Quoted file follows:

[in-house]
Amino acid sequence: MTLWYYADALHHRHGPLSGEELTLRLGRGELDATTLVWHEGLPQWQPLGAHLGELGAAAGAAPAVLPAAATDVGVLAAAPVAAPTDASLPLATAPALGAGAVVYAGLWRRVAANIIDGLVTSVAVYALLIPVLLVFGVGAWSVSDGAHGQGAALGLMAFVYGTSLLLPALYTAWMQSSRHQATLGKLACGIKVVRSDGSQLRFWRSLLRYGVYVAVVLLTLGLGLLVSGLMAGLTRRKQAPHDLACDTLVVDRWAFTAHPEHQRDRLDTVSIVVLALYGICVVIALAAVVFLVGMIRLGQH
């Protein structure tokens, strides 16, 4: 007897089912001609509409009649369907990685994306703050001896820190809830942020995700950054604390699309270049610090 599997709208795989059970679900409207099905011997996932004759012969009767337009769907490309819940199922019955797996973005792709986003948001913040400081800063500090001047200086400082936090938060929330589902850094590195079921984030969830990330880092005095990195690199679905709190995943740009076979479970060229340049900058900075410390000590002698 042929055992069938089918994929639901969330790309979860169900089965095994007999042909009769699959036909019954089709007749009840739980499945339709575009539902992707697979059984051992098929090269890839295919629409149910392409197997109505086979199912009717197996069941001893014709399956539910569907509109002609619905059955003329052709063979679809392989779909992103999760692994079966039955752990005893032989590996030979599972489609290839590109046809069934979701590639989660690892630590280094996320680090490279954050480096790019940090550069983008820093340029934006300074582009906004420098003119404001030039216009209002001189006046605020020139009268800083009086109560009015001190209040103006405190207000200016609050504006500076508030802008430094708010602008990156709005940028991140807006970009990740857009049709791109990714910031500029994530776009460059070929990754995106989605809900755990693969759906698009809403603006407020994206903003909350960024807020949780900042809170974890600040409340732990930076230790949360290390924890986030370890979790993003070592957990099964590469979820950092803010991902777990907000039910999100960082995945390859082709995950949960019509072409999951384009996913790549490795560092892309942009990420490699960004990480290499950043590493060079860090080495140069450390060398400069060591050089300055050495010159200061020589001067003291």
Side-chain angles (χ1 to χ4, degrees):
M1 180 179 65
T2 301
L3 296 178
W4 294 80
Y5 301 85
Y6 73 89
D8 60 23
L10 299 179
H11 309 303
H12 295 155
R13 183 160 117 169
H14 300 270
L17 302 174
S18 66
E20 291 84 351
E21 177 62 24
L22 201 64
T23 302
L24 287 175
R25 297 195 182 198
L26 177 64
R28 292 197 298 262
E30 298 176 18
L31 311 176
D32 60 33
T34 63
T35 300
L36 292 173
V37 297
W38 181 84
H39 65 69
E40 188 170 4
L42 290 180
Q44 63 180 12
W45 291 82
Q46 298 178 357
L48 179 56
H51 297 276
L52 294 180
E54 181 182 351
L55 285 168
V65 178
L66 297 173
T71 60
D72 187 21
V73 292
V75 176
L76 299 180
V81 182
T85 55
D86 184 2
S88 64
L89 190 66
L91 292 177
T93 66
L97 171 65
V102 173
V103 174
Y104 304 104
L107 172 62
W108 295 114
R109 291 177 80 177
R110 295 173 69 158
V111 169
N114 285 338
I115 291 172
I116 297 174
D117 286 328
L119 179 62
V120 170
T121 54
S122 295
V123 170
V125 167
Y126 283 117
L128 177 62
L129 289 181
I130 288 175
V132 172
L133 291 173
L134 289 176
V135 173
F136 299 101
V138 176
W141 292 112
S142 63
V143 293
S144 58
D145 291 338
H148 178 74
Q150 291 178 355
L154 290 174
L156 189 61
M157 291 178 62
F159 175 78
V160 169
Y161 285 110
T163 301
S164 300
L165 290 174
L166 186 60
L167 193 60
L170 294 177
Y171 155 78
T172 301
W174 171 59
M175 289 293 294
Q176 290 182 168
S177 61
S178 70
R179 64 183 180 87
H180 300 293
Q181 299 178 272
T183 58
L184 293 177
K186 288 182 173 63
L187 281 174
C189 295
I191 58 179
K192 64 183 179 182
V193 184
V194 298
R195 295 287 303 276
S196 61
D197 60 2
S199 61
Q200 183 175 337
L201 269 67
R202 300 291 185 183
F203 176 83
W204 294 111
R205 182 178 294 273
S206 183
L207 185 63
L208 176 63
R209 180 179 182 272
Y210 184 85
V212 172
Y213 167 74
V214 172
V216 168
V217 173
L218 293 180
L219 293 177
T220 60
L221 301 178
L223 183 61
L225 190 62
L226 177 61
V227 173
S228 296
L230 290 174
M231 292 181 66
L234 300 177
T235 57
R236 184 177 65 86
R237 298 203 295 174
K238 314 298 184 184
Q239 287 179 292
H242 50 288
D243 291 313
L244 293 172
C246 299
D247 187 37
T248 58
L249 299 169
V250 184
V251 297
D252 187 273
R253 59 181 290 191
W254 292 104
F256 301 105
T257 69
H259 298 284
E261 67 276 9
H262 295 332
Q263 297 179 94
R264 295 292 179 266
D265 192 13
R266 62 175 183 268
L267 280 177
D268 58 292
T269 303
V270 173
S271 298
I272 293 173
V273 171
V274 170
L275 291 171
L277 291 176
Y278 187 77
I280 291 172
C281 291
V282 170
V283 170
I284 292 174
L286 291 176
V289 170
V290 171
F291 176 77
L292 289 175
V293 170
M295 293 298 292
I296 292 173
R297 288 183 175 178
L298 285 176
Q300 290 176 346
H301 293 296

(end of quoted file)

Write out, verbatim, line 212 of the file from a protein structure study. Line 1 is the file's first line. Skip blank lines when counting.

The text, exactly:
H301 293 296